Want to make your own lolly flavours? Here's our pick of the best ice lolly moulds on the market.
The minute the weather turns warm, we’re all screaming for ice cream. Without an ice cream maker, doing your own at home isn’t easy. But that’s not the case for ice lollies. With the right moulds, anyone can do it. We test the best.
Plain and simple
We all used them when we were younger, and these standard plastic ice lolly moulds from Kitchencraft do the job. They are a substantial size, plenty for kids of all ages (if not a bit too big for tinies).
The handle has a built in drip catcher with straw, to suck out the melted juicy goodness. You can fill them with anything you like and just pop in the freezer until frozen.
Best point: bright, colourful, fun and cheap (from Amazon).
Worst points: not easy to get the lollies out of the moulds once frozen – you have to run under a hot tap, so once you get the lolly out, it’s already melting. And all four are fixed together, so when you defrost one, the others inevitably get a bit defrosted too.
Giving a bit more va va voom to your standard ice lolly, these Kitchen Craft rocket lolly moulds, also from Kitchen Craft, are fun and a good size, but not particularly special.
Best points: they are individual pops that clip into a base unit, so you can defrost one at a time.
Worst points: they are quite tall, not easy to fit in a freezer compartment upright. They also have very shallow drip guards, and these get in the way of being able to eat the last bit of your rocket pop.
Silicone Calippo moulds
If there was a lolly mould I thought would be good it was the Silkomart Calippo Moulds. But what a disappointment.
Made of silicone, you fill these tubes up, with juice, yoghurt, milkshake etc, and then seal with a silicone stopper before popping in the freezer.
Once frozen, you are supposed to be able to push the lolly up from the bottom like a Calippo.
Except it wouldn’t push up.
Adding extra pressure at the base of the silicone tube just crushed the ice lolly inside. No matter what I tried, I couldn’t get it to work properly.
Best points: easy to fill and seal with no worries about leaking in the freezer.
Worst points: small capacity and impossible to get the ice lolly out afterwards.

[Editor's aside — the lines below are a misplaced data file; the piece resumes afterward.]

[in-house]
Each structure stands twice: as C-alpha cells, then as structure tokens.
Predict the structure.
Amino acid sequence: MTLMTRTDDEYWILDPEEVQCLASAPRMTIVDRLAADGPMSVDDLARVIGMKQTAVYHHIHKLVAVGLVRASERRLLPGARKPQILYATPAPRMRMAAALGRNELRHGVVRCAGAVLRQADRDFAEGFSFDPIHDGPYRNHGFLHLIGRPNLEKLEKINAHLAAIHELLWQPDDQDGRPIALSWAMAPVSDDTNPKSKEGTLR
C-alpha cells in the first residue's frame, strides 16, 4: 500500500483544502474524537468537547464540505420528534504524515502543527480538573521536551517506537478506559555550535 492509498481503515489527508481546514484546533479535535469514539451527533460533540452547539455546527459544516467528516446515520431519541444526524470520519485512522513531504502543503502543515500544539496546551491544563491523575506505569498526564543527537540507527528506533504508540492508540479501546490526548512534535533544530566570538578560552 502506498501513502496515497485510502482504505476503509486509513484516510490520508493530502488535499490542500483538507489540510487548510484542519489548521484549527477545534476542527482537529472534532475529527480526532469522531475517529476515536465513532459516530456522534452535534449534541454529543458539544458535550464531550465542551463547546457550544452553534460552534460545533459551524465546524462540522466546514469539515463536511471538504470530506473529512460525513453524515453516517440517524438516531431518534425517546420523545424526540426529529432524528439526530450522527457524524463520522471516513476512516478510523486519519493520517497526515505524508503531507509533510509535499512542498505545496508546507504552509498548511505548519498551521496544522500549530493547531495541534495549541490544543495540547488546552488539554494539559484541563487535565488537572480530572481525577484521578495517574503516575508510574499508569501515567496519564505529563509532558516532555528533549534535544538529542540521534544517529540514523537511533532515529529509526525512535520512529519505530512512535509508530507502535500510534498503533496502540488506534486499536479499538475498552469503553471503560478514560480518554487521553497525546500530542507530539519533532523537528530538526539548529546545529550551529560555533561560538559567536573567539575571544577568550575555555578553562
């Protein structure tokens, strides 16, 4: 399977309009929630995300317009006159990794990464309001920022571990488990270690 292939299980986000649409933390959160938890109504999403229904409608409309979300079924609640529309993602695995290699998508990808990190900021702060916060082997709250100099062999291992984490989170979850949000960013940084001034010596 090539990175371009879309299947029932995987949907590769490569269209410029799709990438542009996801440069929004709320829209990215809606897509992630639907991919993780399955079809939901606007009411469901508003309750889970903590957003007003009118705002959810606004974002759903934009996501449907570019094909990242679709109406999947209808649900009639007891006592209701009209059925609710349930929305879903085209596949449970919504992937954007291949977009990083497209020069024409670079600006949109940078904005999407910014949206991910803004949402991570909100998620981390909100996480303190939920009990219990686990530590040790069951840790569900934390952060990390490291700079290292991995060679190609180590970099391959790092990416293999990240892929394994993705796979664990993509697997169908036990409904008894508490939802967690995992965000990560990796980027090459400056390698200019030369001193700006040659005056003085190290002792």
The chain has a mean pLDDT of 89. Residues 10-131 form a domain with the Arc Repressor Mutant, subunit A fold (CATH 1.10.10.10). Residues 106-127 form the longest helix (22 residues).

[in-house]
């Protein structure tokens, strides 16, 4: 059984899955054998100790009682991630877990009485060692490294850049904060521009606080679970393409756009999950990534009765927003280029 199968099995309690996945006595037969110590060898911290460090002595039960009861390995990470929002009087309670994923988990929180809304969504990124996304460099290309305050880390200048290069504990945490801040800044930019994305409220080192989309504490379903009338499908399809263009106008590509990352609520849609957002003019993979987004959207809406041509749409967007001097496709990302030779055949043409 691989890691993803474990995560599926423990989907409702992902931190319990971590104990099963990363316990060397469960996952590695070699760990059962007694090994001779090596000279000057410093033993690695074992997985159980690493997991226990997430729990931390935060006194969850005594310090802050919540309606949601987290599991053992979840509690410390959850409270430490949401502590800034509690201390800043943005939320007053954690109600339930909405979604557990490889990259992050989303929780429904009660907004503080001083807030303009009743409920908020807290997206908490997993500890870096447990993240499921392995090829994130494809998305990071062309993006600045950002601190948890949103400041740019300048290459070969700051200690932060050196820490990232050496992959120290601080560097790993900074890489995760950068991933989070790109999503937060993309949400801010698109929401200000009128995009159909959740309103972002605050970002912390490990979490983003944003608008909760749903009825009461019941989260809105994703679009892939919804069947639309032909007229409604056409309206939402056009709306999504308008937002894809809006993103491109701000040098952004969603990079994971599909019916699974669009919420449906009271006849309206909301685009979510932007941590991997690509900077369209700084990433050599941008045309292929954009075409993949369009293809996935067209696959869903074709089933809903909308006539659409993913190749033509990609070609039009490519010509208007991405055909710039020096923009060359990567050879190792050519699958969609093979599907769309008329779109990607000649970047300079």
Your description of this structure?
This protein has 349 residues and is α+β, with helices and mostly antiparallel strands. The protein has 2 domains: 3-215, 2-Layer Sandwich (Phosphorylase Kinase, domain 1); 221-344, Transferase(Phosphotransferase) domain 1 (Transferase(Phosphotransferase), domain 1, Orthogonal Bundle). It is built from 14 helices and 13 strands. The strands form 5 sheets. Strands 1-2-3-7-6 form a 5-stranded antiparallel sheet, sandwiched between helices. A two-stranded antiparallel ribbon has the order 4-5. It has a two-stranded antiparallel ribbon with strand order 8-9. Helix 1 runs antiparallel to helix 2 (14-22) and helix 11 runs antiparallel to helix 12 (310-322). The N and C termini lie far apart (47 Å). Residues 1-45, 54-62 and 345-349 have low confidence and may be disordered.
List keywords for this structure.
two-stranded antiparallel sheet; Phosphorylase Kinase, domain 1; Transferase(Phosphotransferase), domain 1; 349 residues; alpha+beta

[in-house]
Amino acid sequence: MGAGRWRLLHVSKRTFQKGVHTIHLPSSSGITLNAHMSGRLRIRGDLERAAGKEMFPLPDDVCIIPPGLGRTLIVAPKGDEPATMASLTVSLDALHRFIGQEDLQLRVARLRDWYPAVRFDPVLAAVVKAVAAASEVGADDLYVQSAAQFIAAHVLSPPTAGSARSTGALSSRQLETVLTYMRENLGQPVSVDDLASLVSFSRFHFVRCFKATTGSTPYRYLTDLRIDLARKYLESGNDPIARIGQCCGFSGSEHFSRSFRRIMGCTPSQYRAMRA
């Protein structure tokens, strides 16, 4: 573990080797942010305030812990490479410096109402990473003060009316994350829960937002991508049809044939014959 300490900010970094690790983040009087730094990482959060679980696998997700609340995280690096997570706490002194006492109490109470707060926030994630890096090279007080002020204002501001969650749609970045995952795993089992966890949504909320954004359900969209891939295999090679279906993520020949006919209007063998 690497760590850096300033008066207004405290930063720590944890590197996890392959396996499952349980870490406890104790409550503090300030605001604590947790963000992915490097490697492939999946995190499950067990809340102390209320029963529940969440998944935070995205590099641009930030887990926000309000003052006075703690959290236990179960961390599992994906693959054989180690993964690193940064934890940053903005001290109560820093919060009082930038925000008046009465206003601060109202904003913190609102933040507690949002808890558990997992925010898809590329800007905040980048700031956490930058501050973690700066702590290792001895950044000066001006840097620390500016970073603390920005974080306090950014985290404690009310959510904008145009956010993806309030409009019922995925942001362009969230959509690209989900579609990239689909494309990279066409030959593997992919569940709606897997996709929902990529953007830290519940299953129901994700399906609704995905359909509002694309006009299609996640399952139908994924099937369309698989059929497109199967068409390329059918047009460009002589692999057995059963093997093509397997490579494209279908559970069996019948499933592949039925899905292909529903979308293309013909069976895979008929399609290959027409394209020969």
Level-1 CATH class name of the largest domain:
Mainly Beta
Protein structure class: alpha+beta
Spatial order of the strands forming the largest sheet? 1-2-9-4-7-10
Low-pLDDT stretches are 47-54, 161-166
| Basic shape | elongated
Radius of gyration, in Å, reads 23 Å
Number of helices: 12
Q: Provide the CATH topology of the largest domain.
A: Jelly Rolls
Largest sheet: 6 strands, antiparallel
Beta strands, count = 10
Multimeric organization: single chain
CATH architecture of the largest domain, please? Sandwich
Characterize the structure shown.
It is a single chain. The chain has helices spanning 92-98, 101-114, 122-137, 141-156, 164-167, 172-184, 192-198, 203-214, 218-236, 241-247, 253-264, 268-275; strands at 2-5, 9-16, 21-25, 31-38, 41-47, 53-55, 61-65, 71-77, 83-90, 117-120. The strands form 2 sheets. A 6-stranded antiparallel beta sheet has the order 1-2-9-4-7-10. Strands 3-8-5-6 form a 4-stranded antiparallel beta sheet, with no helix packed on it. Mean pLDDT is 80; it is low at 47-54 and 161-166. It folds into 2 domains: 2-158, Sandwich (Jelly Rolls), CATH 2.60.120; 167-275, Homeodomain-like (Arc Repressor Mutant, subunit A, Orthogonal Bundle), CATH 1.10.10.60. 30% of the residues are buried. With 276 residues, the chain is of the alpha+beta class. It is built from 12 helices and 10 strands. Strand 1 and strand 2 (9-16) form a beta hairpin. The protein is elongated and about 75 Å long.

These Twistix individual lolly moulds (£4.49 from Lakeland) each come with a lid which doubles as a base that you can slot in and twist to push the frozen lolly out of the mould. They are a good size, and worked flawlessly with all kinds of fillings, including smoothie, juice and yoghurt.
Best points: good capacity, really easy to use, mess free, individual moulds, lid means they can be frozen lying down.
Bad points: Only that you get the inevitable crystals in your ice lolly, because the contents still takes a few hours to freeze.
Mastrad ice lolly makers
Another silicone lolly mould, but the Mastrad lolly makers (£9.95 from Amazon) were much more successful. They come with plastic lolly sticks with good size drip guards and also have a neat stand, which holds four lollies individually.
Once they are ready to eat, each mould has a handy tab which you use to pull the silicone away from the now frozen lolly. It works flawlessly and the pops are a funky spiral shape.
Best points: individual pops means you can take just one at a time without defrosting the rest, really easy to get the moulds off.
Worst points: for some, the lollies might be a bit small and the stand still needs to be stored upright in the freezer.
Ice Pop Maker
More than an ice-lolly mould, the Zoku Quick Pop Maker (available from Lakeland) makes ice lollies in 7-9 minutes.
Store it in your freezer for 24 hours before you want to use it. Then take it out of the freezer, insert the stick provided and pour in your juice, smoothie, chocolate pudding or pretty much anything else except any sugar-free drinks/juice because they will get stuck inside the pop maker. Wait between 7-9 minutes, then use the screw on handle to lever the pop out a bit.
Once it’s loose, clip on the drip guard and pull out. Easy.
Best points: The Quick Pop Maker freezes so quickly that you don’t get crystals in your lollies, so they taste better. You can also make great layered pops, with fruits, nuts or chocolate inside, or even pops with juice lolly on the outside and yoghurt or custard on the inside. The possibilities are up to you and you can do it all super-quick.
Worst points: The price is much higher than for normal ice-lolly moulds (although it’s certainly worth the £34.99 price tag), and none of the parts can go in the dishwasher. But then, the manual doesn’t advise you to wash it that often.
This is a classic lovefood article that has been updated
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